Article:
I found this photo rather dear to me. It reminded me of photographs found in Rolando Carbonell’s Beyond Forgetting. It’s one of the earliest poetry books I’ve read. My grandfather gave it to me in grade school because of my penchant with novels and poetry as early as then. It was about love – found and lost. It was about waiting – its toils and pains and triumph. It was about our souls – torn, broken, crashed. It was about emotions – kept and subdued, professed and demonstrated. The images spoke the same. They breathed every printed word. They pierced thoughts, induced thinking, leading to reverie. Even an innocent 10-year old’s heart was tugged. I might even consider this one of the foundations of my tendency to romanticize. (Mark this entry as Exhibit A)

Later on I found out, the author was my grandfather’s high school friend. It felt like I actually met him.

The book is still with me as to the moment I write. I browsed through the pages after seeing image above. The book may have aged, leaves brown and crisp. But its words are still intact, its images radiated as before.

 

This is NOT a Birthday Blog…

…because this is about me, my dear love for writing and our years together.

I have been writing for god-knows-when-time I started holding a pencil. The first I wrote was a story entitled “The Sad Fish” in red-blue-red sheets of paper, which I believe my mother kept in some buried place of the house after showing off to my aunties and uncles how genius I am. Until now, they all believe I’m good in writing.

However, I don’t think I am utterly gifted in writing. I am no Shakespeare and I know no rules in writing (except for grammar, of course). I shied away from Language and Literature in college because I didn’t like writing to be a chore and I don’t want to be too critical of myself when doing so. I write when I want to write. I write what I like to write. Shallow or contemplative entries, that’s what have been keeping my pen alive these years.  My former blogs can attest to that. Yes, that was my premature writing phase when my blog was a compilation of love-hate relationships with this and that. Add the fact that I don’t consider capitalization in most posts, but I’d rather say those entries are allusions to ee cummings.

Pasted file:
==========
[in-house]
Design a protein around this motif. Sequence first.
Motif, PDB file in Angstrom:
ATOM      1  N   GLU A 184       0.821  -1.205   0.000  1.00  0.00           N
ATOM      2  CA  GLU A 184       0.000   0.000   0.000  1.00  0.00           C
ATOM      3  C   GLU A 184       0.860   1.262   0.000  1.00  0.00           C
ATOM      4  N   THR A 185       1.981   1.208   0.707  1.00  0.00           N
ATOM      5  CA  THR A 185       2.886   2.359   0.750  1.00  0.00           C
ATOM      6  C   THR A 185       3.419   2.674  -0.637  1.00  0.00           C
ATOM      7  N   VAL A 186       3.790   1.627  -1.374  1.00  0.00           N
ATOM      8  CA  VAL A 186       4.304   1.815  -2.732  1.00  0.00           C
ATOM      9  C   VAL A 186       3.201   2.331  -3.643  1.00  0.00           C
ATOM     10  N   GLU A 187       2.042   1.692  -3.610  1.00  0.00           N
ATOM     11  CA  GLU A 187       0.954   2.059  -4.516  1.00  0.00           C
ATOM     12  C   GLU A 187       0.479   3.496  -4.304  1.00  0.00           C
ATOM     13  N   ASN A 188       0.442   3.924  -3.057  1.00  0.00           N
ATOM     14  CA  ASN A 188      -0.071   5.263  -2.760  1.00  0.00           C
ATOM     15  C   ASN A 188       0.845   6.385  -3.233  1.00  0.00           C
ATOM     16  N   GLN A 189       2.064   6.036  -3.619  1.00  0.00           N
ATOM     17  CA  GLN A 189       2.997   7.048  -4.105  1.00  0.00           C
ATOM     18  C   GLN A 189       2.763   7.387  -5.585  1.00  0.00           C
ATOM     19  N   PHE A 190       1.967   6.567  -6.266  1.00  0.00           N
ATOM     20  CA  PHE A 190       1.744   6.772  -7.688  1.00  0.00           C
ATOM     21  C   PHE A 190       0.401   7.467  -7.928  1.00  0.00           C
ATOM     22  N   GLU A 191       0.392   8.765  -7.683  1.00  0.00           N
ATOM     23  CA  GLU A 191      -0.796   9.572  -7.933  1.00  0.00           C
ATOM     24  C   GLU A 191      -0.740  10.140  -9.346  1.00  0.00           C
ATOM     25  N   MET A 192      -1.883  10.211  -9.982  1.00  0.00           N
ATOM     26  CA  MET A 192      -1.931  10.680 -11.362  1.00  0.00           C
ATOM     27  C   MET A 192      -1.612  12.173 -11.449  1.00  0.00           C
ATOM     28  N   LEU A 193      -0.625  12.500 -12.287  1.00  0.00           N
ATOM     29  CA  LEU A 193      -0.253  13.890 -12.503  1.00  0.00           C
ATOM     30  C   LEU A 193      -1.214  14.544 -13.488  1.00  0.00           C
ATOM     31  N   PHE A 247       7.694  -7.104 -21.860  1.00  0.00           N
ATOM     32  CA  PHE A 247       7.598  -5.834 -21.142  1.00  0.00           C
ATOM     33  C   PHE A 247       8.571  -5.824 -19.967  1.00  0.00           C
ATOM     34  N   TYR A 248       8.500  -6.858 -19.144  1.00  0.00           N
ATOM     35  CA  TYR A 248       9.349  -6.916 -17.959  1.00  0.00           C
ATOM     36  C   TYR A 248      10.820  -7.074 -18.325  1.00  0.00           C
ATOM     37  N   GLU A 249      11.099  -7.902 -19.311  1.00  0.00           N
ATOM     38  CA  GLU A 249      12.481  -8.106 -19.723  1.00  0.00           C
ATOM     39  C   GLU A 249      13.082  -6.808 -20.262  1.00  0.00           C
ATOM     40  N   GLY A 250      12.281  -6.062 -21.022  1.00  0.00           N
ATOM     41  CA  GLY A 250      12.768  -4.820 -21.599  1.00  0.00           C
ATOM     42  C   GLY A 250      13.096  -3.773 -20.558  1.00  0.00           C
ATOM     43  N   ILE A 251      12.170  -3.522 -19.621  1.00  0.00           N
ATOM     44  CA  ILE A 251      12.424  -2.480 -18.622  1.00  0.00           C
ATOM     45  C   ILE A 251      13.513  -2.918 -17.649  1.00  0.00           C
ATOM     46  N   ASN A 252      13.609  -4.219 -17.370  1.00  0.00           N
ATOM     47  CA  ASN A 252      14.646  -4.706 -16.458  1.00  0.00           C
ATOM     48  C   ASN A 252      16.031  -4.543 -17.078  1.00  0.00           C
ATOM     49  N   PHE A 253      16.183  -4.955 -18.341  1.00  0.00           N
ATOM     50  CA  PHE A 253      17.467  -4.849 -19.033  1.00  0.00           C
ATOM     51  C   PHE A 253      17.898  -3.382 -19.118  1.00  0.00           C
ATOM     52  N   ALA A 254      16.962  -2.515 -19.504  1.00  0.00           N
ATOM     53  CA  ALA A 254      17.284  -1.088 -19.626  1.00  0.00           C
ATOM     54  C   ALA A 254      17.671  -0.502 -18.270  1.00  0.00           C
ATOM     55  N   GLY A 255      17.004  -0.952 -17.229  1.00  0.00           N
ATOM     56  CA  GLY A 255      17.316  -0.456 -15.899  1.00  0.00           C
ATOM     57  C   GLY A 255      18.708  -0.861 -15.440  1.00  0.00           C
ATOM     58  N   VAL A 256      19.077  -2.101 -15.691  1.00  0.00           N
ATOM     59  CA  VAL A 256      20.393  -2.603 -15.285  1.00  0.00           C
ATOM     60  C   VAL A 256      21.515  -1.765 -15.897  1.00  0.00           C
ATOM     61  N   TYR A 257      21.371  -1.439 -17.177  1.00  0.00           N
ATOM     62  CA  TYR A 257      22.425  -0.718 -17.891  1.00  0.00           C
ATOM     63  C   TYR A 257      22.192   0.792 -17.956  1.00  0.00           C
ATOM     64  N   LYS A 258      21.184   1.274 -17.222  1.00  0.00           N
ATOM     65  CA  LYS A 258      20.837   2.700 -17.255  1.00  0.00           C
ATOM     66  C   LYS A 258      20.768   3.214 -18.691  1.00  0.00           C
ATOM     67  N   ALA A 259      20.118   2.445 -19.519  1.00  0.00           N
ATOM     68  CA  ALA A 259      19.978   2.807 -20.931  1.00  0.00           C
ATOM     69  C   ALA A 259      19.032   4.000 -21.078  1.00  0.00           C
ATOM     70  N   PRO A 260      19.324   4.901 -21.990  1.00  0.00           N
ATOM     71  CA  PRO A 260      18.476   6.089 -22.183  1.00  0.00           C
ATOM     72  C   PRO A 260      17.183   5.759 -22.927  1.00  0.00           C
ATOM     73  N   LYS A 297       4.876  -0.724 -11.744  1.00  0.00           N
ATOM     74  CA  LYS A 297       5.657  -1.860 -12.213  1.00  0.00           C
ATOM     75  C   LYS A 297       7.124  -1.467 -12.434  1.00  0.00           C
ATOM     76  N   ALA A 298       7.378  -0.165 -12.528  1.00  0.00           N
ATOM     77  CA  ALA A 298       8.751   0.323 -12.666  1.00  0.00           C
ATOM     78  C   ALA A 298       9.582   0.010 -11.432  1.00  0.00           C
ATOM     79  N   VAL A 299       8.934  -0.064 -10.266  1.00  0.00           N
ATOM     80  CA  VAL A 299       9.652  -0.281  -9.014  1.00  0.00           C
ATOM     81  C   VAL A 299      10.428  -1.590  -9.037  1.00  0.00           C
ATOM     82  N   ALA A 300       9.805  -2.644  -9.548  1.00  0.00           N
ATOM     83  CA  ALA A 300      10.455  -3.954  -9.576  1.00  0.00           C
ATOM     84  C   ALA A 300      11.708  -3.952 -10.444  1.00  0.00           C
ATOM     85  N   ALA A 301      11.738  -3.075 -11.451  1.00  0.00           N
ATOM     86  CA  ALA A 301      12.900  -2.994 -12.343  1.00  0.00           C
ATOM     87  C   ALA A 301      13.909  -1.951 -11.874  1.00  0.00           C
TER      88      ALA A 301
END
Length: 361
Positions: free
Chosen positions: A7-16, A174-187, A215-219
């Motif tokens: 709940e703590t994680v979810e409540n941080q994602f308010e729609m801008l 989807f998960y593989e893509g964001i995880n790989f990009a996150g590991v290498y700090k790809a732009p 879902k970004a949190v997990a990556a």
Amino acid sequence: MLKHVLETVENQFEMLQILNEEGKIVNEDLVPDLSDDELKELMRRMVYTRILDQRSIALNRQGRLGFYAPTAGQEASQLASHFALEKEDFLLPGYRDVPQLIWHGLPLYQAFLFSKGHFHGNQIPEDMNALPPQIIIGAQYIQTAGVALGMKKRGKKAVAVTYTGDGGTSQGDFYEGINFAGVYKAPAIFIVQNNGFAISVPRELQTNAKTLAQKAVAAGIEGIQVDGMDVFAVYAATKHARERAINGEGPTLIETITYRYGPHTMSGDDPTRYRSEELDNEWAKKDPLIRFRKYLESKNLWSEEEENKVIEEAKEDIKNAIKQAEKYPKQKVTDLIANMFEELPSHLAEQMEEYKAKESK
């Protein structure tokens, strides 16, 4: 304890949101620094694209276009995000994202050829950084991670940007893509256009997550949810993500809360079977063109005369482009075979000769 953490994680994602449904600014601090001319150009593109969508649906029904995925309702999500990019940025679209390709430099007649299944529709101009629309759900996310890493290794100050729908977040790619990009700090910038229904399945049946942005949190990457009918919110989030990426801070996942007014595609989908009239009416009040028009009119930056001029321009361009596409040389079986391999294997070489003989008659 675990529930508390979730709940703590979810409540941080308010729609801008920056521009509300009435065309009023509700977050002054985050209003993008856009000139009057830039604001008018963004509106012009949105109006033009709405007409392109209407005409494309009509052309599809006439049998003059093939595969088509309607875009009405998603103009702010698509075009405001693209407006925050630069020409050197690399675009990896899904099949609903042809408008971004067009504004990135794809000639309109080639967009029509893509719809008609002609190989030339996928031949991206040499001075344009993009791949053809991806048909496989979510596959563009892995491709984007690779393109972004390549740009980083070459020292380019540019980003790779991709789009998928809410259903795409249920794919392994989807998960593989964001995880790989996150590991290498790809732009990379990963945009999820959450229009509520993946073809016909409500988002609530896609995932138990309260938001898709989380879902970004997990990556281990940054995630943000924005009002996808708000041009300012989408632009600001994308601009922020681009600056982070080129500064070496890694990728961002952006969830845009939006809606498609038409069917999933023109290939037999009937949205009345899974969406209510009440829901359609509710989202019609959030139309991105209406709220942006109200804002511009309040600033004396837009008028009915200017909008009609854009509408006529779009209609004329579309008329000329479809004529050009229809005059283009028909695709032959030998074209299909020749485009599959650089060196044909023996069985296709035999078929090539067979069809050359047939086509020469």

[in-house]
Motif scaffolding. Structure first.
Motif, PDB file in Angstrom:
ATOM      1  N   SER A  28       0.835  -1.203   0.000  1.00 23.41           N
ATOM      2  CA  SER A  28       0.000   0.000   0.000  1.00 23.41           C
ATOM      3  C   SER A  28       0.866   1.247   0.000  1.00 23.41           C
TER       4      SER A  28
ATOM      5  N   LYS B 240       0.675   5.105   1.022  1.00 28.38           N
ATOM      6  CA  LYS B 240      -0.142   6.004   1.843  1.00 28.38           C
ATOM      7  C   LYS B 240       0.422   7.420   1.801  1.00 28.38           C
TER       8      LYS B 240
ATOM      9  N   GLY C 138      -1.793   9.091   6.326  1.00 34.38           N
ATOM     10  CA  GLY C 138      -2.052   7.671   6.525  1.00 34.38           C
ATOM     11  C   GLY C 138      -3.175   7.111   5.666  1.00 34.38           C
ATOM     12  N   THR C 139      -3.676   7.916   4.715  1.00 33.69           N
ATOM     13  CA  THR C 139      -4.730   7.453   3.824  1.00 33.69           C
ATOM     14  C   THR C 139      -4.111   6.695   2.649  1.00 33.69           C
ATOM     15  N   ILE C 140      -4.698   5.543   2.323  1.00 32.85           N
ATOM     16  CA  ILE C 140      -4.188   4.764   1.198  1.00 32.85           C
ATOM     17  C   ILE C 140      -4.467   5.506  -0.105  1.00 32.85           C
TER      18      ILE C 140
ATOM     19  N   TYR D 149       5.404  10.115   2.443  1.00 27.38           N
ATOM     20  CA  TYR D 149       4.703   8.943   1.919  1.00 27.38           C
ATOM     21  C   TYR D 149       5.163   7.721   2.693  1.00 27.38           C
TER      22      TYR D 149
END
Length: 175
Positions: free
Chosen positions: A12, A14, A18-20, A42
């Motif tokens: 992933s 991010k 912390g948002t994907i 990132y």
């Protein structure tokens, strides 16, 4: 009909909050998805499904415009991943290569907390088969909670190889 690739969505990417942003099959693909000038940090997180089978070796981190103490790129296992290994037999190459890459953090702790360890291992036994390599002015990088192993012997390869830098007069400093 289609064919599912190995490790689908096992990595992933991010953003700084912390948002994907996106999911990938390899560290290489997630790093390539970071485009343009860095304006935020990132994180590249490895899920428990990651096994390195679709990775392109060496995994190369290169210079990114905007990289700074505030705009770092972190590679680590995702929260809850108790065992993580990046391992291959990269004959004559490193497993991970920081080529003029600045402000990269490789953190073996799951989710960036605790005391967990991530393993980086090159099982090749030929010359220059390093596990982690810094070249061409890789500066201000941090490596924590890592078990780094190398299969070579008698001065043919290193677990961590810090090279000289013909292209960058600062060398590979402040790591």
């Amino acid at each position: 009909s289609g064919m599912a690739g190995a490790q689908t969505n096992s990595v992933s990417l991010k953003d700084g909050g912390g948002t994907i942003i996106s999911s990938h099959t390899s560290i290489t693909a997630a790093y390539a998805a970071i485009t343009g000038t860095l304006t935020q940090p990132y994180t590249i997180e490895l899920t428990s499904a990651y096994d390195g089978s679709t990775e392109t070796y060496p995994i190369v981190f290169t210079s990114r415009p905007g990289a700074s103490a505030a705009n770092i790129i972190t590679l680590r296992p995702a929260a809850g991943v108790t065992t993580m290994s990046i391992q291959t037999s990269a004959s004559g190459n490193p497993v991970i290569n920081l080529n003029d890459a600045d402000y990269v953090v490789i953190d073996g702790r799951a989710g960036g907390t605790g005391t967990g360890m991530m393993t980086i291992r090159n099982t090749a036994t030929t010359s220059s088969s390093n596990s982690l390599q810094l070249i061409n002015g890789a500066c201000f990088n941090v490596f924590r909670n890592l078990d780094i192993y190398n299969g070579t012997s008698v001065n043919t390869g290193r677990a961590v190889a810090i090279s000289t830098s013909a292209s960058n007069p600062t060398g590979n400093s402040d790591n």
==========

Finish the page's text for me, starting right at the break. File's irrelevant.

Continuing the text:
But there is growth and a lot more to it. Like keeping journals to myself then, to lifting the pages, publishing and sharing them on the internet now. There might just be a few who care to read and listen, and that’s enough. Not everyone needs to know about everything, while I too, curate my own pages and decide what to put into writing. It’s a matter of privacy. I’m no sister of the president, you know.

I don’t even know what’s the point of me yakking about this, actually. Well, it might be because I don’t write creatively now. I’m not pertaining to rhyming poems, ok. But to writing short stories and the like. I must have forgotten since I got busy with work. Yuppie thing, yes. However, work afforded me to more ideas and possibilities I’d rather plant on myself than to fictional characters. Thus, I might stick, or let’s say write majorly about myself and what’s going on rather than incorporating and inventing. This makes me feel so mature I’m sticking to reality, come on! But hey, I’m serious.

So, 23’s going to be a year all about me and whoever’s around.

Again, this is not a birthday blog, just a little glance upon me and my dire passion of sorts with writing. Birthday blog will come soon, perhaps when the month ends. My birthday is always a month-long celebration anyway.

Oh yes, birthday blogs – personal tradition aka annual writing project. Good thing, every year, something significant comes up. 🙂

Day 9: Dear P,

You used to be my brother’s best friend. You used to spend long hours playing cards and video games at home.

I was eleven when I overheard your mom tell my mom how much you liked me. Your visits gradually declined since then. You don’t piss me off as much. Until you never came by again.

Your mother surprisingly dropped by my college graduation. She sent me your regards. I only wanted to reply with a little girl’s love letter.